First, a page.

Don’t get me wrong, I believe that people should eat whatever they want and whatever makes them feel good. I just don’t believe that we should be spending a small fortune every time we do the weekly shop because a wellness blogger tells us one vegetable is better than all the others, or because everyone is sharing photos of their wheatgrass smoothies on Instagram. Especially when more often than not there is absolutely no scientific evidence to back up the claims. I wanted to show that there is no such thing as a ‘superfood’- all food is super because it keeps us alive.  As for a ‘superfood diet’, I’d prefer to call it a balanced one.

 

 

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Have Yourself a Healthy Little Christmas…

Food

It may be the season to eat, drink and be merry, but that doesn’t mean you have to lose sight of the healthy body and mind you work hard for the other 364 days of the year. The meaning of Christmas isn’t ‘eat yourself into a coma’ or ‘calories don’t count today’. Christmas is about family and tradition, though for some reason, Britain can’t help but turn it into an excessive eating and drinking binge, packed to the brim with parties, buffets and leftover turkey sandwiches.

At the same time, you don’t have to be sat in the corner with ‘humbug’ on your Santa hat if you decide to go for the healthier options this year. By making just a few simple swaps and altercations to your Christmas menu, you could save yourself from a sack load of calories, fats and guilt.

Satsumas

The days of getting one in the bottom of your stocking on Christmas morning might long be gone, but the satsuma is the fruit of the season. They are great for adding to desserts, such as trifles (soak in 15ml of Brandy) or a simple fruit salad and the peel can be soaked in chocolate for that cocoa fix. They’re full of vitamin C too to keep the winter colds at bay!

satsumas

Pretzels

At parties and buffets, swapping a bowl of crisps or salted nuts for a bowl of pretzels reduces the amount of fat and calories but is still a great snack. In 30g of pretzels there is 0.8g fat, a much healthier (and more original) option!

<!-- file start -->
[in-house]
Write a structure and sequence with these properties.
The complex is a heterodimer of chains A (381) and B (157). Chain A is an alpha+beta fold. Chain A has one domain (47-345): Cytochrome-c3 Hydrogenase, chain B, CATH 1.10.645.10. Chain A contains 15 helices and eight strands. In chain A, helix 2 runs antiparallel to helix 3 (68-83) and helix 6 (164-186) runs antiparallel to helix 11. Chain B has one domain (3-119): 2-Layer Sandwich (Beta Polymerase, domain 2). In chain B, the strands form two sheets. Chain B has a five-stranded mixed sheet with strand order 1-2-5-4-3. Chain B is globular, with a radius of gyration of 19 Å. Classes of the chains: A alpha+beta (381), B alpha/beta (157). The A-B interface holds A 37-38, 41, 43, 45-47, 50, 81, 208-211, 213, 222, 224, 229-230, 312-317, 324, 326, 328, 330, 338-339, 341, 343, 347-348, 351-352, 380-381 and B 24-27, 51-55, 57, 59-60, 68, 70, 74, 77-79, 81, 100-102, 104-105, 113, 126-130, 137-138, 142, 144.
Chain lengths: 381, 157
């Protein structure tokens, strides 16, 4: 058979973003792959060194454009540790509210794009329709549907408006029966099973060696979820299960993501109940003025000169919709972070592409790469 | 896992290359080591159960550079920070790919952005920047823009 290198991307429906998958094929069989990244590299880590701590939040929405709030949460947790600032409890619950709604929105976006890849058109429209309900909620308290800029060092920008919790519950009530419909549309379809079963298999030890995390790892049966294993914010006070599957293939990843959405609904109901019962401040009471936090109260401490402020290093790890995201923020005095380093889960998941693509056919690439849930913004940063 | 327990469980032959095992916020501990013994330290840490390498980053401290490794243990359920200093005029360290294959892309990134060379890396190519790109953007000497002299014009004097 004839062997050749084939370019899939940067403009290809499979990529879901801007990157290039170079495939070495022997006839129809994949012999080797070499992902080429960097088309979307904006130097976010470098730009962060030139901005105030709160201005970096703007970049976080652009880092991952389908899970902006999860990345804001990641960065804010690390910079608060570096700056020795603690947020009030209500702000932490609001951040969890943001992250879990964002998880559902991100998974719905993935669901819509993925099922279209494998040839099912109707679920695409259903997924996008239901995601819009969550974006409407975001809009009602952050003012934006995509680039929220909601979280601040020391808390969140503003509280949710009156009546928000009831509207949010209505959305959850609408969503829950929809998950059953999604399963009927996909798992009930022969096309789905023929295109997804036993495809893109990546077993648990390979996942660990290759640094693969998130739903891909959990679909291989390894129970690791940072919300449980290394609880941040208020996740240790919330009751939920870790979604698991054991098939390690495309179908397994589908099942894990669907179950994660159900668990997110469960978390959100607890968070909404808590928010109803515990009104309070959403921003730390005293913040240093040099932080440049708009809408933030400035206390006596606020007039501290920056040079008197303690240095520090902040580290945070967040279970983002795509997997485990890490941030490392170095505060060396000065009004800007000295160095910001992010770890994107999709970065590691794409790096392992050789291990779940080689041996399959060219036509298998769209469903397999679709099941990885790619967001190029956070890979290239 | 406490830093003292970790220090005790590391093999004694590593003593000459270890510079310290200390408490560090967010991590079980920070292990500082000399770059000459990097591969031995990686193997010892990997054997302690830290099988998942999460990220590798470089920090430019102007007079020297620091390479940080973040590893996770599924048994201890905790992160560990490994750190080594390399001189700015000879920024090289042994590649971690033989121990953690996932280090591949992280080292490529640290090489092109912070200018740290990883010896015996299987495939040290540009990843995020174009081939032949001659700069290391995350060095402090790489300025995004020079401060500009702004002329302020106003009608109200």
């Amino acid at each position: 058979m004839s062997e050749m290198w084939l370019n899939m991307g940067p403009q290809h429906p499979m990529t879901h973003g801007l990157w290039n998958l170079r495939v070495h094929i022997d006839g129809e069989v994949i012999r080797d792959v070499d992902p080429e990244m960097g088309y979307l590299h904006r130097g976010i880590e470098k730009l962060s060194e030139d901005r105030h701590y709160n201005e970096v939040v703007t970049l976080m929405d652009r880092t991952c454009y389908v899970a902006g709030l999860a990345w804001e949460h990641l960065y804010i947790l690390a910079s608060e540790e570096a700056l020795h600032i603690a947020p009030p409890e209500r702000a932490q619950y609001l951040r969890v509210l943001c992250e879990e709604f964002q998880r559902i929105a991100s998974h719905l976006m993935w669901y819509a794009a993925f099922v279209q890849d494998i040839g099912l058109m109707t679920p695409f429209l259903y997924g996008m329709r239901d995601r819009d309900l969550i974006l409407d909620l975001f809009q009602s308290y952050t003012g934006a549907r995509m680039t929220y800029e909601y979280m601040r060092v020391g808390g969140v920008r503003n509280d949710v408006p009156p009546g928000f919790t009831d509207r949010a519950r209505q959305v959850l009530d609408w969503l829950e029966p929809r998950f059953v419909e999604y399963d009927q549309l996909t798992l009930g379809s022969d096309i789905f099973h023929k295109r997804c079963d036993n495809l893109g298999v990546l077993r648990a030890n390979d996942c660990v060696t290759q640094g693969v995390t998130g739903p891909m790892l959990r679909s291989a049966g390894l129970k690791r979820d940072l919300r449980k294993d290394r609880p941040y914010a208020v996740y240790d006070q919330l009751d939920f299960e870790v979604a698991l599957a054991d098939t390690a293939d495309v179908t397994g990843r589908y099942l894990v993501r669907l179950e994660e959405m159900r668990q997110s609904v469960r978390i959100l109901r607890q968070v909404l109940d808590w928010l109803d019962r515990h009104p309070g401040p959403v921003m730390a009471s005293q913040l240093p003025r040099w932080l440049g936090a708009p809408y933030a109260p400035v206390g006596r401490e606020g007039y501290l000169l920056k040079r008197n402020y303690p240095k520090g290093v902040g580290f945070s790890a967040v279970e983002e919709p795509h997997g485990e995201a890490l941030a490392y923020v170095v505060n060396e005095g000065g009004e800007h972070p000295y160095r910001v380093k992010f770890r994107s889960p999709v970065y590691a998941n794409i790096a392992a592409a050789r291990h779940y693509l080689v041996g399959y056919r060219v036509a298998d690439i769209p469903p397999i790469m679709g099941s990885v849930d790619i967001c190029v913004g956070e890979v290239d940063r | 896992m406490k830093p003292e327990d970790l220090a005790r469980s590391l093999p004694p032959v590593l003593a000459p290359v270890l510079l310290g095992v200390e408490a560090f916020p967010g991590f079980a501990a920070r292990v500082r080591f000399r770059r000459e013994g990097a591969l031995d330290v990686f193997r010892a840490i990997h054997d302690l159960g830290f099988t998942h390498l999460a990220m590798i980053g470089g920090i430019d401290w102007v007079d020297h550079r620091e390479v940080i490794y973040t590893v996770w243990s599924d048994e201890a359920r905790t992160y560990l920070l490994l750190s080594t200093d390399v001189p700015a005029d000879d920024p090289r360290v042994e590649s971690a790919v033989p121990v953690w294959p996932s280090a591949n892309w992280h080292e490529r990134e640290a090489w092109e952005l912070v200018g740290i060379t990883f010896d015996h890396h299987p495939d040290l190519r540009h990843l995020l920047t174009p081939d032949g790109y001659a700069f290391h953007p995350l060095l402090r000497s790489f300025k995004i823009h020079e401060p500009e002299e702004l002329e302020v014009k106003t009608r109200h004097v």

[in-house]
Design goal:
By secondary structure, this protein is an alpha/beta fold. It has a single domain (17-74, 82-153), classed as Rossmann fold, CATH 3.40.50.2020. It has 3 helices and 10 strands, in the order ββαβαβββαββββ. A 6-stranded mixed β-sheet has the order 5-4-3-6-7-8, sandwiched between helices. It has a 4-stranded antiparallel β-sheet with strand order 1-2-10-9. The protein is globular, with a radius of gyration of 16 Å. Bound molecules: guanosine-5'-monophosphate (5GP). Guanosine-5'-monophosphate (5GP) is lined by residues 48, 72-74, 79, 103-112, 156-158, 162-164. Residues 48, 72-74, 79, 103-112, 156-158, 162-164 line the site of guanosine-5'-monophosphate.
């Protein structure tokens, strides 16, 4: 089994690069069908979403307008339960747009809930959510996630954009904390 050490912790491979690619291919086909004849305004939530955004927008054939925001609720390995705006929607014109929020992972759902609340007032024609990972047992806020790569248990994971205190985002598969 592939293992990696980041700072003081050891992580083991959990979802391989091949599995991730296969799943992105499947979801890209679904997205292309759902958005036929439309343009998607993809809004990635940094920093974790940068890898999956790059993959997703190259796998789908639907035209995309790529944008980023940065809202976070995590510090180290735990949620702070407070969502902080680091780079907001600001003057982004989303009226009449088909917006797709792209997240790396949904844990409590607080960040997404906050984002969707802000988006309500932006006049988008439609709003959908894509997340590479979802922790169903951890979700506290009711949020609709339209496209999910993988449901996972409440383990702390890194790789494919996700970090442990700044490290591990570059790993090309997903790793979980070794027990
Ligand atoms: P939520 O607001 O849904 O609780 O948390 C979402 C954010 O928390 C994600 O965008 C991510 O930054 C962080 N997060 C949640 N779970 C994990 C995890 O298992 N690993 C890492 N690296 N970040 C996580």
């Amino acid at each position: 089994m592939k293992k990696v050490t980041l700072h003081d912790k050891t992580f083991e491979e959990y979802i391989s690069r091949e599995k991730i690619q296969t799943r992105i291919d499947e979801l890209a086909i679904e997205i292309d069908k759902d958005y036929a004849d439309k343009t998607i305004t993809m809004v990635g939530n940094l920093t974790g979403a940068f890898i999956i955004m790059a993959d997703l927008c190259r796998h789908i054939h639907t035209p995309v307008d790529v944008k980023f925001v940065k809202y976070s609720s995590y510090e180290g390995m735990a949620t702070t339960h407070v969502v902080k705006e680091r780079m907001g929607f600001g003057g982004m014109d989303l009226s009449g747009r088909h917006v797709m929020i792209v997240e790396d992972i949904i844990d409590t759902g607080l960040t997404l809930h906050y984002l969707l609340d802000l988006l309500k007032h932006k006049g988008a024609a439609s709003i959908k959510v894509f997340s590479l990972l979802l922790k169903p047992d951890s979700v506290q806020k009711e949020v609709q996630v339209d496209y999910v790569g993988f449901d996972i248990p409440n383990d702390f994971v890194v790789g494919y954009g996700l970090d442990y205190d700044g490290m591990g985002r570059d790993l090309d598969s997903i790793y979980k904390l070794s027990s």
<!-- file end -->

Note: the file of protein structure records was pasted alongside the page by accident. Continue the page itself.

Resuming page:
Less Pastry

The less pastry, the better! Cutting back on the pastry means you can still enjoy the same Christmas pleasures, but they don’t have to be guilty ones. For example, make mince pies without tops on, choose cocktail sausages rather than sausage rolls, and nibble on breadsticks instead of cheese straws!

Vegetables

This is obvious. On Christmas Day, load your plate with vegetables, they are fat free and full of vitamins and though it is tempting to give those sprouts the wide birth, they are probably the best veg on the table. To keep your vegetables clean, flavour with herbs rather than butter.

Copyright of theguardian.com

Copyright of theguardian.com

Potatoes

Although potatoes have a bad rep, there is actually barely any fat in them, and it’s okay to allow for a little extra carbs at Christmas. Boiling or baking, rather than roasting the potatoes for your Christmas dinner, is a much healthier way to enjoy them and still just as tasty and traditional.

Dates

Granted, dates aren’t for everyone, but they are a great alternative to snacking on chocolate and sweets on Christmas afternoon. If you can’t be persuaded try other dried fruits instead.

Mulled Wine

Mulled wine is THE festive drink, it has the ability to make  even the grinch feel christmassy instantaneously, and the best part? If made with 50% orange juice, it is much healthier than a glass of regular red wine, so you can enjoy a guilt free tipple – or five!

gilpin-bridgemulled-wine-716389-regular

Most importantly, my final tip for having the healthiest Christmas you can is to enjoy yourself. Don’t get too bogged down worrying about what is passing your lips and how long you’ll have to spend on the treadmill come January. ’Tis the season to be jolly, after all.